Political scientists and pollsters try to unravel with statistics the "mystery" of why citizens, who have been bypassed by the media revolution, continue to opt out of the process. But a reading of "Walt Whitman's America" quickly dispels the mystery. "I pass so poorly with paper and types ..." the poet wrote, "I must pass with the contact of bodies and souls."
Whitman, a journalist as well as a poet, understood the force of the mass-media revolution exploding in his day into myriad newspapers fed by new technologies and an ideologically diverse array of publishers, editors, and writers: "Everywhere their influence is felt," he said. "No man can measure it, for it is immeasurable."
Media's influence remains "immeasurable," but we can intuitively sense the effect on "bodies and souls" of the one-way mass communications of our own time. A viewer in a sea of millions talks back to her television set. But no one listens. One-way mass media has for a century and a half conditioned us to be still and just listen, and we have increasingly held our tongues. Ratings services measure the popularity of offerings, but the choice is limited. Viewers and, increasingly, readers of journals that mimic television are given not what they want, but what they have been trained to expect.
As participation in a vibrant cultural dialogue has been stilled, so has participatory association in the democratic process. In critical instances, technology and policy have been used to thwart democracy, not to advance it. Telephone answering machines are used by many businesses and government offices to erect fire walls between the principals and the public. Telephone operators have been replaced by unwanted Muzak tunes, played over the phones into unwilling ears, to tell us we're still on hold. Music performers amplify their sound in public space by all but swallowing the microphones; huge loudspeakers snuff out intimacy and interactivity.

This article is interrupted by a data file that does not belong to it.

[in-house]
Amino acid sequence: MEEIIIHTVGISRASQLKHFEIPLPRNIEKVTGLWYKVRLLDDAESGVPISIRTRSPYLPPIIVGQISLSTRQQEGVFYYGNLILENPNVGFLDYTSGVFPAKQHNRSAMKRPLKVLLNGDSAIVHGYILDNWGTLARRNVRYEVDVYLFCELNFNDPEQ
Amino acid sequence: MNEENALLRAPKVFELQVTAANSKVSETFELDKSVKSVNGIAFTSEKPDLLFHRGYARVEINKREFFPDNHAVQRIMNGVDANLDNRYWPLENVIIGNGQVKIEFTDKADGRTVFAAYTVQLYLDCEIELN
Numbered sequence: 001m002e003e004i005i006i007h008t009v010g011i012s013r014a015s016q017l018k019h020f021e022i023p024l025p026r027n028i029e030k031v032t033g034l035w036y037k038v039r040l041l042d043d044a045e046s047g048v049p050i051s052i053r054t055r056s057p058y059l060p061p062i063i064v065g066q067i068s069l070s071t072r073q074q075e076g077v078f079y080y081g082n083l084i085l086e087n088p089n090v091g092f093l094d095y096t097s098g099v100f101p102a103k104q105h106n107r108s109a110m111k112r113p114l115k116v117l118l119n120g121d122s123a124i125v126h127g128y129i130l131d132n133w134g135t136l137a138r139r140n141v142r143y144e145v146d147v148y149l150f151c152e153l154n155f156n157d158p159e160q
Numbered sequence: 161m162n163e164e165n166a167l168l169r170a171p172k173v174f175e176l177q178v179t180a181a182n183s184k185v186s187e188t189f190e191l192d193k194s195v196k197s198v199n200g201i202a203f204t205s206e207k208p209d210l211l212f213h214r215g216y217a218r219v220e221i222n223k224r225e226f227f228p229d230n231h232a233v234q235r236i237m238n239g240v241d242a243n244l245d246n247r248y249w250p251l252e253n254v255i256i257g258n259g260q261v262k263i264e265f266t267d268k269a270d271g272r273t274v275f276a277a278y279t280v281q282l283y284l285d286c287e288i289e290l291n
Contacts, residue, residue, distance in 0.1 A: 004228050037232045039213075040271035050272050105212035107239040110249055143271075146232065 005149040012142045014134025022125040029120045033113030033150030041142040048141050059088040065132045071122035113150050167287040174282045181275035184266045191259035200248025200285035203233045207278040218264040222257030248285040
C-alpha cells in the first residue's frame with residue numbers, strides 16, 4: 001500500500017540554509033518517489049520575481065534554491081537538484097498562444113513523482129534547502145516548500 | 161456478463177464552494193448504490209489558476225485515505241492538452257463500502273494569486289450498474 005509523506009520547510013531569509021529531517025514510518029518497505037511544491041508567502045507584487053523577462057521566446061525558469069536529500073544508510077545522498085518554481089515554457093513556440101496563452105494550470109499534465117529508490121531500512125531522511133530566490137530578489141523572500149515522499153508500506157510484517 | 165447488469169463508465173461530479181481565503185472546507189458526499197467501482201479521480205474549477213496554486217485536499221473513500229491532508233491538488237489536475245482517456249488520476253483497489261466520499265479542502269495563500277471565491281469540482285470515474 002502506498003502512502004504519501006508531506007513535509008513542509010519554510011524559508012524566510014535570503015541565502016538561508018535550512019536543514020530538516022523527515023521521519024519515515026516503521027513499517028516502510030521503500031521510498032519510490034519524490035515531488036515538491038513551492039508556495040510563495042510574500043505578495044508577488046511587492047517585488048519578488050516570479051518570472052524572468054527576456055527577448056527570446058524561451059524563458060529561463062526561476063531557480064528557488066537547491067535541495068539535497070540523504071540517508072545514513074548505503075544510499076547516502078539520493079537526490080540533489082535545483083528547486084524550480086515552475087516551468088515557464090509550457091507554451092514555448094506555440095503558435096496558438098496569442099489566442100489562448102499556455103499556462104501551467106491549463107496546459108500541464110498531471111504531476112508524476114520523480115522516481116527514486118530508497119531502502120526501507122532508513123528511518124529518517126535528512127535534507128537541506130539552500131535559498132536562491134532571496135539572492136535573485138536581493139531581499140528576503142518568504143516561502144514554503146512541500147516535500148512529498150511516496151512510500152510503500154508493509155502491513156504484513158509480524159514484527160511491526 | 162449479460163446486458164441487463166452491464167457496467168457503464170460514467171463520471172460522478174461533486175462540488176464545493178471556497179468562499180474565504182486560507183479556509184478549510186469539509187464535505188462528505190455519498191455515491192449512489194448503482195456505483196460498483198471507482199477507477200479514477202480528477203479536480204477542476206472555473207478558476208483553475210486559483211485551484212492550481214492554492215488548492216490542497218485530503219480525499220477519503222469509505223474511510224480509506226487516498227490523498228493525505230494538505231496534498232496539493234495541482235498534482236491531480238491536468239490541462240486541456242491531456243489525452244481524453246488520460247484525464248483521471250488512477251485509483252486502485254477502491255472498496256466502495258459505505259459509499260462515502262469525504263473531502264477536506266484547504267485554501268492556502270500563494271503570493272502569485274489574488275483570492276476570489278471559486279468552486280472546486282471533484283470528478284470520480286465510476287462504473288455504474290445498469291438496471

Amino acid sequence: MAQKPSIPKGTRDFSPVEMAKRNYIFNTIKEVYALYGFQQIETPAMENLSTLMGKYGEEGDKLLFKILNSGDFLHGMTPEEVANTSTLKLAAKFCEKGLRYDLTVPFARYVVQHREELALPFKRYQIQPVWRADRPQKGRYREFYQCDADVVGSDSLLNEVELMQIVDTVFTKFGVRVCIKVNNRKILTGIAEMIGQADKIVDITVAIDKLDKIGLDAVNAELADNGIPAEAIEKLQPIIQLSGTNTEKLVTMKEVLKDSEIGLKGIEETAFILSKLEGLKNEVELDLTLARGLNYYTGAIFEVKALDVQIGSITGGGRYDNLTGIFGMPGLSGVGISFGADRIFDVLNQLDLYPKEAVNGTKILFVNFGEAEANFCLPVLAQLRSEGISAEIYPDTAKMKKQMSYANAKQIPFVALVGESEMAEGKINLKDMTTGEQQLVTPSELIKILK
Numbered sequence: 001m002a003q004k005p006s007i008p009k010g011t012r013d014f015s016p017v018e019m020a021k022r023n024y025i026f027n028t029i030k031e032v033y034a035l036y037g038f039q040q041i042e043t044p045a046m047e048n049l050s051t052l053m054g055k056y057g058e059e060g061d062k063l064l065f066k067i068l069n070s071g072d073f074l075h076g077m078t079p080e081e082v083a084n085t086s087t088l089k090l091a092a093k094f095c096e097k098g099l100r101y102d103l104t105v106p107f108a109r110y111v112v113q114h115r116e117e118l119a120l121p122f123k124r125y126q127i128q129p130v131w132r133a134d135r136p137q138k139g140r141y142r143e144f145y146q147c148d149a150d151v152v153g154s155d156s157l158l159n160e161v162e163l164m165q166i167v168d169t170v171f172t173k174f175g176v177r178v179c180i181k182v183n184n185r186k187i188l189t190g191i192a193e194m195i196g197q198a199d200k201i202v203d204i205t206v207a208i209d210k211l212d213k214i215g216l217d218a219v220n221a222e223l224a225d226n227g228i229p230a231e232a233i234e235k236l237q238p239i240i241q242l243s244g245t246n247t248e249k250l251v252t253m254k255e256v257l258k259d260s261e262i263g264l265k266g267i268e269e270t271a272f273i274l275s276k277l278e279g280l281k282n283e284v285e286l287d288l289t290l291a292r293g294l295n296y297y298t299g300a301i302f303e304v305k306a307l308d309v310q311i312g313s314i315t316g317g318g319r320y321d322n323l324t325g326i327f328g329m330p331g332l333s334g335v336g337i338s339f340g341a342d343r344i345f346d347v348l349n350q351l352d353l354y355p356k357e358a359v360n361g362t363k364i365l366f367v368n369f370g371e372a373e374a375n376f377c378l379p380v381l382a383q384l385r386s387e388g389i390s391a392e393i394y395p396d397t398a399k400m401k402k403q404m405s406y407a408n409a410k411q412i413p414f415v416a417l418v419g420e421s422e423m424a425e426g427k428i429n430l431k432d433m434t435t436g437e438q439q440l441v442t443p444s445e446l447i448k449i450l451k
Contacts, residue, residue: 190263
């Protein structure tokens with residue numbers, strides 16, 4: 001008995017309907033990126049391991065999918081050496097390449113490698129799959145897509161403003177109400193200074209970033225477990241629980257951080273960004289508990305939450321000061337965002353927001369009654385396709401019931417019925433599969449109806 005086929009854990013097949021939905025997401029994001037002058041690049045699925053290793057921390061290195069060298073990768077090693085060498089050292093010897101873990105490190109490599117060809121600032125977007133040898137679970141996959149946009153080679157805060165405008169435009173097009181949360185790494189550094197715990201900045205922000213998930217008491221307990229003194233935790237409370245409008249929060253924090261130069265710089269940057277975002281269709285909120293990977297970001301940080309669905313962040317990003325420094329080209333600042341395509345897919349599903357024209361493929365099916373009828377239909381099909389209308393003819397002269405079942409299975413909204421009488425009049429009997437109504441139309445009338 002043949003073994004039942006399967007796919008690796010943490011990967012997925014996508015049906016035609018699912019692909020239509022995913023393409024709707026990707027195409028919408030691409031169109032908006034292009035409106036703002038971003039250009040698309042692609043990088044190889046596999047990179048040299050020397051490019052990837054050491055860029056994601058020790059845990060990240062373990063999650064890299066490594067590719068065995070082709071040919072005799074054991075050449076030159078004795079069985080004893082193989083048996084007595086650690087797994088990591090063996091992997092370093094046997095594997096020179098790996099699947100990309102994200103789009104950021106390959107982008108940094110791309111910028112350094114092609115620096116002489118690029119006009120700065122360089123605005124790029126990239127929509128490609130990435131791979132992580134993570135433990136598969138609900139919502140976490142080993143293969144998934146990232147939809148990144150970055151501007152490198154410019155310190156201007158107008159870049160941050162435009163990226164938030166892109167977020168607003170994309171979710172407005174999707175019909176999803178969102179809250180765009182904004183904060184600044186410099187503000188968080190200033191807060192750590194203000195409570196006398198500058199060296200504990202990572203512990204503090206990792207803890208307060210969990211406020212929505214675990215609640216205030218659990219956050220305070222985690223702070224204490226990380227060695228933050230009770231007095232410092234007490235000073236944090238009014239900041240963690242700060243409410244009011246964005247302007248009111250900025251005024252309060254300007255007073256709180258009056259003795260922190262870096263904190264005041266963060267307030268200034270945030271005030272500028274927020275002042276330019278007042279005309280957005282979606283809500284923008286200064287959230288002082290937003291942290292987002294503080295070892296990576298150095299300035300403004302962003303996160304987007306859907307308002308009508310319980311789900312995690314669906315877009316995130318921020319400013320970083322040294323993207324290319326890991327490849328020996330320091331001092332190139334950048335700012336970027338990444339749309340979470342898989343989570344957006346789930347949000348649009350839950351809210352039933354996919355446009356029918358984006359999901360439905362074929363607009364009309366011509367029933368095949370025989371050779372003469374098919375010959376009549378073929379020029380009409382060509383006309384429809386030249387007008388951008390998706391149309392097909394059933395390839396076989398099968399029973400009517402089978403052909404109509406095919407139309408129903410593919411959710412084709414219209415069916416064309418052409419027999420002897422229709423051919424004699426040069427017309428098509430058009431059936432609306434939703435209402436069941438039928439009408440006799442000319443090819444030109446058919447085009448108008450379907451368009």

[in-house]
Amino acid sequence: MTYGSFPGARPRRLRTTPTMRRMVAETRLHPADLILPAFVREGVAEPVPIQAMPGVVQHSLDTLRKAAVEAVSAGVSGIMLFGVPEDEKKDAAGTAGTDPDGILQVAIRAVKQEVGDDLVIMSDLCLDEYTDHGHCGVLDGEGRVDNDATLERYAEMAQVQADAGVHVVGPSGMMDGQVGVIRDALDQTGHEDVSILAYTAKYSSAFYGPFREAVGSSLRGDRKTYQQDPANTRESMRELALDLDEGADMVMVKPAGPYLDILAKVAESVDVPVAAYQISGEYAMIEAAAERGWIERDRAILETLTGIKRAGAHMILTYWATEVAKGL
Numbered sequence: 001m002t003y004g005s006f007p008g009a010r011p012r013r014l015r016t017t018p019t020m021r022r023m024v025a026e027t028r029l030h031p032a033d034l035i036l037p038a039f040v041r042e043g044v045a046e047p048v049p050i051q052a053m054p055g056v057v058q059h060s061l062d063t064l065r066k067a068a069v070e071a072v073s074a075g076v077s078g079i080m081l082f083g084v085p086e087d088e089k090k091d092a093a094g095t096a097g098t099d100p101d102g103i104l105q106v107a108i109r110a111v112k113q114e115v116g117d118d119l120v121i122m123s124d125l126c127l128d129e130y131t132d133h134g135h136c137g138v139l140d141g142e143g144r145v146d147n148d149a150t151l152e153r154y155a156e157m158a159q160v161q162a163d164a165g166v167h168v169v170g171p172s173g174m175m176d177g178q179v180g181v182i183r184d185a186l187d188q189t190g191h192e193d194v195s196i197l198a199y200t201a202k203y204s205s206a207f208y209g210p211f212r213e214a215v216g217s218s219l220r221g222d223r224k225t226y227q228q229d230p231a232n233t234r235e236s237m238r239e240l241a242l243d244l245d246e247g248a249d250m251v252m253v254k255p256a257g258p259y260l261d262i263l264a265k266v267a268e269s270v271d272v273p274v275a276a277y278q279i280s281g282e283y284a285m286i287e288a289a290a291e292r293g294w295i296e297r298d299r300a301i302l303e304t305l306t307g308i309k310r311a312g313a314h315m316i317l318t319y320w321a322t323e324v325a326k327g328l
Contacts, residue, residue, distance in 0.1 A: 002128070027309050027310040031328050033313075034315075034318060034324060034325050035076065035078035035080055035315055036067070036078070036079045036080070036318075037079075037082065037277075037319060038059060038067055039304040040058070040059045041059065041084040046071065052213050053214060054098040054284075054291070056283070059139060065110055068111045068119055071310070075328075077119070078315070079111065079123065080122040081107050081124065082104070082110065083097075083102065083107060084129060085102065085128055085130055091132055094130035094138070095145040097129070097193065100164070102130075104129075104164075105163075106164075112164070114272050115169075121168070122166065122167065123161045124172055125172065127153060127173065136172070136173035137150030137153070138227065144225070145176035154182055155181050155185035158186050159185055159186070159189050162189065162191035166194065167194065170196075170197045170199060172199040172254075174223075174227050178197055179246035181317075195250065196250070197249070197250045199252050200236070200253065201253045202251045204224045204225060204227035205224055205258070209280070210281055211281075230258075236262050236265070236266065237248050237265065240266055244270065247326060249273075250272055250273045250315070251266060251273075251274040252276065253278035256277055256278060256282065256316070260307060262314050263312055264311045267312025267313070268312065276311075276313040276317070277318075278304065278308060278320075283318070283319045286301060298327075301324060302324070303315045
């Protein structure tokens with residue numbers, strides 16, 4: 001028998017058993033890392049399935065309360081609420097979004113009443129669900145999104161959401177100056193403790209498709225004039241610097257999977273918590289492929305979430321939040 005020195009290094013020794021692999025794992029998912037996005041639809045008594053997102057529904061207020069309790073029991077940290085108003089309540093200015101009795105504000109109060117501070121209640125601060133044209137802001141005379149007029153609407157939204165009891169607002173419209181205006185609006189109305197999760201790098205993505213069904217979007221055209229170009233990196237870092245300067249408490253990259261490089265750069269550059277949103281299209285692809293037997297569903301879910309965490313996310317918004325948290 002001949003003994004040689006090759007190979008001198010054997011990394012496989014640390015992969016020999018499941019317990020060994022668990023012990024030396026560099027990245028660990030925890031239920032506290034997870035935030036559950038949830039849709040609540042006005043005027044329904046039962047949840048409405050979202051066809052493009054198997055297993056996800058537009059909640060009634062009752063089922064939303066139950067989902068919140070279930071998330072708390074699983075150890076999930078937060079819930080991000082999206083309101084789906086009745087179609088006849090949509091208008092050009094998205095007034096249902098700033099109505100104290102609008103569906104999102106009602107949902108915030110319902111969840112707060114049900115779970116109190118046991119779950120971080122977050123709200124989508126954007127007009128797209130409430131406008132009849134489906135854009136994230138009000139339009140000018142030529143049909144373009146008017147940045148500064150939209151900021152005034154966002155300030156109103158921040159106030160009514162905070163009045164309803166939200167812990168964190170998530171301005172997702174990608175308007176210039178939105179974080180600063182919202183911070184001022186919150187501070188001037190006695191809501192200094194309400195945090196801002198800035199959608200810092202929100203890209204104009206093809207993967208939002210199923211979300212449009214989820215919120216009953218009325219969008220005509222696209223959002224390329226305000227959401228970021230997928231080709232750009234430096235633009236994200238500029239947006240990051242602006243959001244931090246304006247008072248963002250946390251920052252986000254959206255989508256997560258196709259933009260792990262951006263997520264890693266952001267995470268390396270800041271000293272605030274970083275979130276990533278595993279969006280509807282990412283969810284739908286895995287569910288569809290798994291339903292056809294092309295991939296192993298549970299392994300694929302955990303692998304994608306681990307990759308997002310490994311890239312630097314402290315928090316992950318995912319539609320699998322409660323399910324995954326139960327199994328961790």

Telemarketers invade our homes at dinner time, hardly affirming "family values." Public access to public airwaves and cable is denied to all but those who can pay for it. Telecommunications companies actively oppose efforts to ensure universal access and service to the Internet and the World Wide Web.
Let's get truly interactive
How can we exploit new technologies to preserve and broaden rather than stifle democratic interactivity? Are there imaginative ways for machines to revive a semblance of the participatory culture that flourished in Whitman's America?
Digitized America must somehow start talking publicly about putting people back in the communications process. Mass media, the telecommunications establishment, and our political leadership must bring their immense power to arousing interest in vibrant public communication, a role that goes beyond mere public relations and consumer ads to the informing of mass consciousness about the vital ties between participatory culture and democracy, and how technology can strengthen them.
* Jerry M. Landay, a former journalist, is an honors professor at the University of Illinois in Champaign-Urbana.